The junk food ban in school canteens will be an important public health policy intervention that can develop good eating habits in the development of children, women and children (WCD)
Minister Maneka Gandhi has demanded that junk food be banned in school canteens, which may help to address the obesity problem that is occurring in more and more children from middle-class families.
She also sought notification from new food guidelines that define junk food and classify it by nutritional value.
At present, parents and children do not know enough about the dangers posed by processed foods, especially those with high fat, salt and sugar content.
In an impressive attempt
Minister dialogue, Maneka has written to her colleagues in two stakeholder ministries --
Smriti Irani, minister of HRD, and JP Nadda, Minister of Health.
Maneka will know that Irani's support is necessary to implement her advice on the school's junk food ban, and Nadda will be the key to a comprehensive reform of nutrition labeling.
Recently, a team of WCD departments had private hawkers and hawkers in school hours, within 200 of the office space.
The committee even advised shops to stop selling proprietary food to children in school uniforms and to ensure that school canteens do not store non-
Standardized proprietary food with poor nutritional value.
Another important strategy is to implement color coding on food packaging.
It was suggested that healthy foods such as vegetables, beans, fruits, grains, lean meat, fish and eggs should be colored
Snacks and ice cream based on yellow codes, as well as "forbidden" foods such as sweets, energy drinks and orange-coded fried packaged foods.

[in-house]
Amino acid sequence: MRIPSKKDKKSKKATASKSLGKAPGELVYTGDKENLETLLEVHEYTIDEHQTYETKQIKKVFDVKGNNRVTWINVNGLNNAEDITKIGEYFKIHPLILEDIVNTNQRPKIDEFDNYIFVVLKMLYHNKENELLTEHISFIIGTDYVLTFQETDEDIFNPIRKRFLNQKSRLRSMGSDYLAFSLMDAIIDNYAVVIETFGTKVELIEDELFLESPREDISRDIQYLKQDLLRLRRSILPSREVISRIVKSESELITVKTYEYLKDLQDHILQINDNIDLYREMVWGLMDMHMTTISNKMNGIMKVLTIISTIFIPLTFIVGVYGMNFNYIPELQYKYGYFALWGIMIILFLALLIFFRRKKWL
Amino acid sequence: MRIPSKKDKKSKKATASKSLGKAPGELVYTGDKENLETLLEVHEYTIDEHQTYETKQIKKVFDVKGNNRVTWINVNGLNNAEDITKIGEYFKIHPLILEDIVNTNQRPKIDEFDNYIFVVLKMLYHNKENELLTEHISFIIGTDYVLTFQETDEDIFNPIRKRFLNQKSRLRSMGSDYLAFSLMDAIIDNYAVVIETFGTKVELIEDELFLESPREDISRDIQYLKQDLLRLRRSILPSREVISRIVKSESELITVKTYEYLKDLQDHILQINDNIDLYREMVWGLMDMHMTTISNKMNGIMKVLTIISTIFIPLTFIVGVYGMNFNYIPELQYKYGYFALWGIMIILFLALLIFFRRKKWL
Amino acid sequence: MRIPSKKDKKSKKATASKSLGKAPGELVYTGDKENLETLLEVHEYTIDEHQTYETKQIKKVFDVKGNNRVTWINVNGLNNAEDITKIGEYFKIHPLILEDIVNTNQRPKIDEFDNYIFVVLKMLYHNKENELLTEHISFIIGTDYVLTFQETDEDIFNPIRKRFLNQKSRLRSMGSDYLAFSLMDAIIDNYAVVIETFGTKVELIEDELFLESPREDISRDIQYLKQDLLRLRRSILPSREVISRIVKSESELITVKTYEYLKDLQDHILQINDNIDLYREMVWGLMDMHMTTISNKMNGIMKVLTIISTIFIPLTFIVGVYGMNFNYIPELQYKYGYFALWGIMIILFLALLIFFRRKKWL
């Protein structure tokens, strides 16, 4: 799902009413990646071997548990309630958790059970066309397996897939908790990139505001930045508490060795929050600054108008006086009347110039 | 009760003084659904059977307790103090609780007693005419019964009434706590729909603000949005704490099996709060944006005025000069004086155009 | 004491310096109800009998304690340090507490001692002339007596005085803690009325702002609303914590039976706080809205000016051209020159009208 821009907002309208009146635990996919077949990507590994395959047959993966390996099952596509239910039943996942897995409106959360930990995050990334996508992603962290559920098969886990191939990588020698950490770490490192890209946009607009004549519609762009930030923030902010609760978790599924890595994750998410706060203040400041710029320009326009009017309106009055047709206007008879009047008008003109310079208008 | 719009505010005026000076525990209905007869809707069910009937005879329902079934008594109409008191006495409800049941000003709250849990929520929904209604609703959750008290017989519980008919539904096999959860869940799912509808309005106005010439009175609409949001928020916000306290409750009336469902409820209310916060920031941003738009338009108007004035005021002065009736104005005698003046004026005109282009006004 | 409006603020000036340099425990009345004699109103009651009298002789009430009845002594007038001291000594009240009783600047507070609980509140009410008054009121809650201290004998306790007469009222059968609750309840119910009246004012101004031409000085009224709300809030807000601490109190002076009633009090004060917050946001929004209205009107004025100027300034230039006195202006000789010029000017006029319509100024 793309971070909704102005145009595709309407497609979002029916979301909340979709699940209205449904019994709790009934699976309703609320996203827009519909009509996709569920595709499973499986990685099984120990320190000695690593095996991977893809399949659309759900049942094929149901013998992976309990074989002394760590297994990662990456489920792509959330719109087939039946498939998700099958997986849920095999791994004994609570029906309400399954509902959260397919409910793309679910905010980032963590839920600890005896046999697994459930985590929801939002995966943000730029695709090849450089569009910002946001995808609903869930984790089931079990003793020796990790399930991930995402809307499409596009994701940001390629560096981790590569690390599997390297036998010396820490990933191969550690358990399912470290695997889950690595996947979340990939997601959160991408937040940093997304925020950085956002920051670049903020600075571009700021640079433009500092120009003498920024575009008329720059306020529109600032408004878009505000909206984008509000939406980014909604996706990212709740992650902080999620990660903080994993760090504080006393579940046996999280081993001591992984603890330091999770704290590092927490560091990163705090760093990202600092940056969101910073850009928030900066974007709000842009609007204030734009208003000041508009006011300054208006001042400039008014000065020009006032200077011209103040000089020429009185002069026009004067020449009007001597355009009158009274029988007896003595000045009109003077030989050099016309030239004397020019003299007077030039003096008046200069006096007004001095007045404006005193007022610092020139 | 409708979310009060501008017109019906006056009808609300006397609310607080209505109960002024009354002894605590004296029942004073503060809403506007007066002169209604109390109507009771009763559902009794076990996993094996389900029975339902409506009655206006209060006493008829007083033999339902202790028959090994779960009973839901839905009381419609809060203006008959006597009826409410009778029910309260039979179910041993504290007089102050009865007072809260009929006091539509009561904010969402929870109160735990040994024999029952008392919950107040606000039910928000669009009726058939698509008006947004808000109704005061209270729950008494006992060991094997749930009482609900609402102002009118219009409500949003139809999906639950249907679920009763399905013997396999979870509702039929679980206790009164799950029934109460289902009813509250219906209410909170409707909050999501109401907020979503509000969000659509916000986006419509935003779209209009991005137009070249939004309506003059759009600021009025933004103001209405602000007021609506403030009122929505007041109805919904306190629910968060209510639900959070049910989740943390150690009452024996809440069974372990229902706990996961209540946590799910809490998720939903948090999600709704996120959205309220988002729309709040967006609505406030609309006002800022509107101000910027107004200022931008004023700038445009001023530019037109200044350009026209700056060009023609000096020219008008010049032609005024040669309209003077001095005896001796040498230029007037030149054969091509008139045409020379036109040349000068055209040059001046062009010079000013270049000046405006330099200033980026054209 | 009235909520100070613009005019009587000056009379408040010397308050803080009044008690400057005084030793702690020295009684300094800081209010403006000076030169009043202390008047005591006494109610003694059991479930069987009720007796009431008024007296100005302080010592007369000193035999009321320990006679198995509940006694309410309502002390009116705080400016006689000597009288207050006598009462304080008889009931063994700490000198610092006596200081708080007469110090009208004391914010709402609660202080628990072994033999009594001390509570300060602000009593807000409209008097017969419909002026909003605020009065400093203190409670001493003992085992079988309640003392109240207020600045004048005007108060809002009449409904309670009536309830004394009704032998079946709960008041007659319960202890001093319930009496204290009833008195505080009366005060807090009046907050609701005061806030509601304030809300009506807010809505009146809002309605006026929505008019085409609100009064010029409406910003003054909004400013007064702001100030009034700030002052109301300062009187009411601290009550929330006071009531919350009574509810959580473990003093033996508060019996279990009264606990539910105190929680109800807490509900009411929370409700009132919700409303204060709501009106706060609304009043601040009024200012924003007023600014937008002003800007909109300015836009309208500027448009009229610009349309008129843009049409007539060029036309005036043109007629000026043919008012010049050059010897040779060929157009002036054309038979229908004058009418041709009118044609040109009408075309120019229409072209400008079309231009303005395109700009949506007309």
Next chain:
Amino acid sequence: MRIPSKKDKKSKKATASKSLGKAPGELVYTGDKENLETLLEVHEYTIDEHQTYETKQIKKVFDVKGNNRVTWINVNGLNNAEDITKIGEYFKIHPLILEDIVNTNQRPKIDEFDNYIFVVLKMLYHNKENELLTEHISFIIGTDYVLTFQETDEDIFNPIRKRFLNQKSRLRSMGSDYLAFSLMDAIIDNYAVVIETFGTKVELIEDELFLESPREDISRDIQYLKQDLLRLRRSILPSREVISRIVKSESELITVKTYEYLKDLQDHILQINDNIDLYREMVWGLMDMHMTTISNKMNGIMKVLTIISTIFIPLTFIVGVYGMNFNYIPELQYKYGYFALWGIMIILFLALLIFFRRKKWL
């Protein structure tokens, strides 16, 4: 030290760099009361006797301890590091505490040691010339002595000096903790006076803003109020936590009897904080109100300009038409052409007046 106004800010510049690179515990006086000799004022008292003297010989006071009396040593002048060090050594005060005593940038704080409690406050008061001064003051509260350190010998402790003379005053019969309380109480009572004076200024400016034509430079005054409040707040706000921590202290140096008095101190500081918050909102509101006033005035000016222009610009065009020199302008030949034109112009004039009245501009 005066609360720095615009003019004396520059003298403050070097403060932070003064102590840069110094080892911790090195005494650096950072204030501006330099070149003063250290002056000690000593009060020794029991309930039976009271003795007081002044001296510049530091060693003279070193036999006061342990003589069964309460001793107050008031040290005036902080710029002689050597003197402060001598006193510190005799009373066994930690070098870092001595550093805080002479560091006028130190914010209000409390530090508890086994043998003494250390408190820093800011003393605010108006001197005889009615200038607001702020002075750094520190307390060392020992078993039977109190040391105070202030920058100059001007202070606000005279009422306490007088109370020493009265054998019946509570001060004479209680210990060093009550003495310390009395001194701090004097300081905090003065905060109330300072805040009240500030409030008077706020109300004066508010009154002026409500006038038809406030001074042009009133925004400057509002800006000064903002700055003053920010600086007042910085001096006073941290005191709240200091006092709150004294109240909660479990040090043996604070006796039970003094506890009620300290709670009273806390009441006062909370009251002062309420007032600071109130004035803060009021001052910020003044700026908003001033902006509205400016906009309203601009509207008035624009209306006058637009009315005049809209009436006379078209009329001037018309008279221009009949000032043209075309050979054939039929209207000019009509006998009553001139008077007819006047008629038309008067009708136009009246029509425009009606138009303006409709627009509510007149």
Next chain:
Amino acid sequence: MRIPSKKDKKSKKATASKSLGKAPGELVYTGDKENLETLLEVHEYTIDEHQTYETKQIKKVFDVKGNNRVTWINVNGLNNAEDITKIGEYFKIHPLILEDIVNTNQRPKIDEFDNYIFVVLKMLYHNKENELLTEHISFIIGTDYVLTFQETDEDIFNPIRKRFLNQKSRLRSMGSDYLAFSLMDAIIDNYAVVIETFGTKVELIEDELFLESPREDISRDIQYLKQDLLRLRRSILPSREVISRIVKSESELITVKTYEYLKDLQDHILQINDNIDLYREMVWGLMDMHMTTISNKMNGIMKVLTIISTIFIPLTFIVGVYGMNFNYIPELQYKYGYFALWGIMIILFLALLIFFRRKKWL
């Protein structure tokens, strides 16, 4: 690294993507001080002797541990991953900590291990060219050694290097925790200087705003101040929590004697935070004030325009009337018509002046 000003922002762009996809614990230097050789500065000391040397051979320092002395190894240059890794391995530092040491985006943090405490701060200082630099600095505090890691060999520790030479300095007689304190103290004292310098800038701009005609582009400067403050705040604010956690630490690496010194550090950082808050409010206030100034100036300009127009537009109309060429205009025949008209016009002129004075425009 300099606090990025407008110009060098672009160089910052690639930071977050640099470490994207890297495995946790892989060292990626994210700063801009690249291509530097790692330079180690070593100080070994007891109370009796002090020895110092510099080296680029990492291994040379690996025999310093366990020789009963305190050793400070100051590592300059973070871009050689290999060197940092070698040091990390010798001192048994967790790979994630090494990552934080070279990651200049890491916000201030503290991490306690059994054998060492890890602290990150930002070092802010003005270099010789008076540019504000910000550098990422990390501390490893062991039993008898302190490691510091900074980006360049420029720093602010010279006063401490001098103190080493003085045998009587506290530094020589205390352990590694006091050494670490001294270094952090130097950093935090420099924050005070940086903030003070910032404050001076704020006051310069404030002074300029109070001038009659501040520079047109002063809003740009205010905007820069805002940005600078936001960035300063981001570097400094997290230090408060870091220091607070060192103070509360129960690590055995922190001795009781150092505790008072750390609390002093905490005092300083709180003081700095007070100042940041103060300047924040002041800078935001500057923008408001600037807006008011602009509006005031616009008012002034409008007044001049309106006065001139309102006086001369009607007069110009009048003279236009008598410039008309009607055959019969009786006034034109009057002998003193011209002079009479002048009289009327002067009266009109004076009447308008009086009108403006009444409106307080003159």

But it is also important that this color code on the food package is clearly visible and brought to the attention of consumers.
Different color codes have been used for some time to distinguish toothpaste by their chemical composition, but few people are aware of this and few can find tiny color codes at the bottom of the tube.
In the relevant context, the Minister of Health has been opposed to increasing the picture warning on tobacco packaging, although it is a cost --
Effective ways to raise awareness of cancer.
The Minister of Food Processing, hasinrat Kaur, is at the forefront of those who oppose the Margi ban.
The positions of Nadda and Kaur indicate that there may be a firm boycott of Maneka's proposal.
Many states prohibit the sale of tobacco and alcohol products near schools and colleges.
However, unlike the liquor market that requires a citizen's licence, it has proved difficult to prevent tobacco vendors from approaching schools.
The ban on junk food outside the campus will have similar problems.
However, there is no excuse to limit the sale of junk food in the canteen.
The food recommended in the canteen includes wheat and more
Cereal bread and potatoes, tea, lagema, vegetable sandwiches, upma, jalapeno and coconut water.
The banned foods include cola, chips, noodles, pizza, hamburgers and lasagolas.
Reading this list shows that the processing food industry will lose a lot if the ban is imposed.
More and more scientific evidence links junk food to lifestyle diseases such as diabetes and arterial porridge, which policymakers cannot ignore.
In April 2014, the United States Department of Agriculture issued a ban on eating junk food in schools.
A study published in the prestigious medical journal Lancet pointed out that India is the world's third-largest obese country, after the United States and China, with 30 million obese people.
When more and more young people are infected with lifestyle diseases in the most productive age group, the loss of productivity, the cost of treatment and lifelong medication will burden the national economy.
Although the loss of income in the food processing industry is unfortunate, public health, especially the health of children, must be paid due attention.